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Dr Richard Vautrey, clinical director for Central North Leeds PCN, primary care lead for West Yorkshire integrated care board and former chair of the BMA GP Committee discusses the future of PCNs. This interview appeared in our Spring issue of Pulse PCN, released in March.
What should happen to PCNs after 2024?
It’s essential that the funding is retained in general practice, and that the workforce is recruited, and is confident it will continue to be able to work with practices. I would like to see the workforce closely embedded in general practice and practices, so they feel part of the team. And it’s essential that we give confidence to all of them, so we can continue to use the skills and expertise of all of those who are working in that environment.
What are the challenges managing a PCN in your area?
[The challenges are] no greater than any other organisation. We have been fortunate to recruit and retain good healthcare professionals who want to work in our practices. One of the real challenges we’ve had is the space in our practices: many practices are bursting at the seams already. Finding space for our staff to consult with patients and be active members of the practice team is a challenge for some practices where they simply don’t have the physical infrastructure to do that in a way they want to.
But we’re really pleased that we’ve been able to get a pharmacist in every practice. We’ve got paramedics doing home visiting, we’ve got social prescribers supporting us with vulnerable patients, and physios offering direct access to patients within a matter of days rather than months.
We’ve seen significant benefits from our PCN workforce. And it’s enabled really good collaboration between our member practices.
Finding space for additional staff is a big problem for practices. What’s the scale of the estates issue for your PCN?
It’s one of the biggest issues. We’ve been fortunate to recruit hundreds of new people into our general practice workforce but, at the same time, we haven’t seen similar investment going to estates or IT or basic infrastructure to support their work in the practice team.
It’s crucial that the Government and NHS England prioritise the investment in premises in the community, and that we get the necessary space not just to support the PCN workforce, but to be able to do more in the community setting: this is one of the stated aims of the Government and many political parties. They want to see more activity taking place in a community healthcare setting, but we can’t do that without proper investment for the long term in our infrastructure.
How well does your integrated care board (ICB) work with primary care?
They’re doing well with the resources they have. One of the challenges we’ve got, as with many other areas, is that when we want to provide more support to our practices, through income protection for QOF or suspending Investment and Impact Fund (IIF) targets, NHS England nationally doesn’t give the ICB the power to do that. That is frustrating. Our ICB has a strong philosophy of devolving decision-making and resources to back to the places within our area. So most of the decision-making in general practice continues to take place at a local level, which is a good thing: we have strong relationships that are built up over many years with our ICB colleagues who were formerly CCG colleagues.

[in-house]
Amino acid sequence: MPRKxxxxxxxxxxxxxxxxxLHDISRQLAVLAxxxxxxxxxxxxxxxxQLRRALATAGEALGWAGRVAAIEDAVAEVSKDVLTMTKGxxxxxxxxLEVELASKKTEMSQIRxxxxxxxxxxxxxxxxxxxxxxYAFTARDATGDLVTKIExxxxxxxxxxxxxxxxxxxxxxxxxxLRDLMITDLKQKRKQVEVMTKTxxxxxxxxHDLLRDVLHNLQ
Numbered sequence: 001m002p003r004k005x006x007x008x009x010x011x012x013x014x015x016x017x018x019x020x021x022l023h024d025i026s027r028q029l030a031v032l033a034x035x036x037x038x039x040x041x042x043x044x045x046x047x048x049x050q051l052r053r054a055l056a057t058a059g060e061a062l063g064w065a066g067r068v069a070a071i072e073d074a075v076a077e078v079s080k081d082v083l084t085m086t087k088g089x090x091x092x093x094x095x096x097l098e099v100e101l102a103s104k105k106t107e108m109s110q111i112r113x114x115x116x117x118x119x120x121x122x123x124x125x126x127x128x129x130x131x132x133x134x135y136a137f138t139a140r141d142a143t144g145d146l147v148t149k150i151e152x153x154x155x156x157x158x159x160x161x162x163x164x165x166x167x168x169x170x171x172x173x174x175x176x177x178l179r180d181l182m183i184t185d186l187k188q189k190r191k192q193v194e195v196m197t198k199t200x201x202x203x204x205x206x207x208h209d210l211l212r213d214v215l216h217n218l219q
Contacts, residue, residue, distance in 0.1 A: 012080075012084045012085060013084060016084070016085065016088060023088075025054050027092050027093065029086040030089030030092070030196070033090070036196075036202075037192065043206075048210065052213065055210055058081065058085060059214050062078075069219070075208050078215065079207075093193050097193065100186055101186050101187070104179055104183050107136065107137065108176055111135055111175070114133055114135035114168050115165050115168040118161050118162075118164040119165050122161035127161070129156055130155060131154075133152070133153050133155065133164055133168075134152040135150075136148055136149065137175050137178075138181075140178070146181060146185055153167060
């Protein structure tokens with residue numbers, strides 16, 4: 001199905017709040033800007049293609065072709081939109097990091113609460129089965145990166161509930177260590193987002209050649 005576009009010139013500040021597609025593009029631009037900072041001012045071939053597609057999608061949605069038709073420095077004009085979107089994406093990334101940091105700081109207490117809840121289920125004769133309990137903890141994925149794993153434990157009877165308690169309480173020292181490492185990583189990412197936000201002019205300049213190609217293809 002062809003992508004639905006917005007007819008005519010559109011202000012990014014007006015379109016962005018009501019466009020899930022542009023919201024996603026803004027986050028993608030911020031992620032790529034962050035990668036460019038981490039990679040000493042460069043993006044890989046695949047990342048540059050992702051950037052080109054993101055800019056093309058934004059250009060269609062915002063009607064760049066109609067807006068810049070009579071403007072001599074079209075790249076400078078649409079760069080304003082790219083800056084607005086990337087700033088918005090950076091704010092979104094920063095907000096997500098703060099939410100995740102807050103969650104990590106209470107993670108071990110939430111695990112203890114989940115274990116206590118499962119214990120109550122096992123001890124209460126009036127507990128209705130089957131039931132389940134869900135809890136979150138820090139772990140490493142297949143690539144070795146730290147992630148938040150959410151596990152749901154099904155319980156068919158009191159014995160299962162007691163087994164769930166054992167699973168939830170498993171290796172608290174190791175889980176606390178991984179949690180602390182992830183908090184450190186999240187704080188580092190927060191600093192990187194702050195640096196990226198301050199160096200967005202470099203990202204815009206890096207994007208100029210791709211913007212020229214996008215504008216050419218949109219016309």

Have you noticed a change in that relationship in the switch from the CCG?
No, we haven’t. I think we’ve been fortunate because our ICB has a strong philosophy of enabling decision-making and resources to flow to the local community, we haven’t seen a difference in the way we’ve engaged with the various places in our region.
We’re about to receive the first report from the Hewitt Review. What would you like to see from that?
There is a fine balance. We want to maintain the protection that we have from a national GMS contract. It’s vital that we do that and retain the ring-fenced resource that goes into general practice through that national contract.
But having said that, if NHS England is not going to listen to the real evidence of the pressure that chasing targets is causing practices, we want to have the flexibility to continue to provide long-term care to patients who need it without the worry of having to achieve targets to maintain our income or to keep the practice running.
We need the ICB to have that ability to make those kinds of changes and to do so with our local knowledge.
Last year’s Fuller Stocktake proposed the idea of morphing PCNs into ‘integrated neighbourhood teams’. How do you see that shift happening?
We already work closely with our community nursing colleagues and the wider community team. But they’re already stretched to capacity – as are our practices. Unless there is a significant resource shift into community teams as well as indirectly into practices, it’s hard for an integrated team to do more than it’s already doing.
Having a relationship when you’ve got people working in the same building, in the same locality, can help smoothe out the ways that working takes place. But nevertheless, I think we need to recognise that our community colleagues are as stretched, if not more stretched in places than many in general practice.
They are also struggling to recruit: we haven’t seen the expansion of community teams in a way that’s necessary for the growing needs of more elderly and complex population. Just bringing them together in a more integrated way doesn’t solve those problems.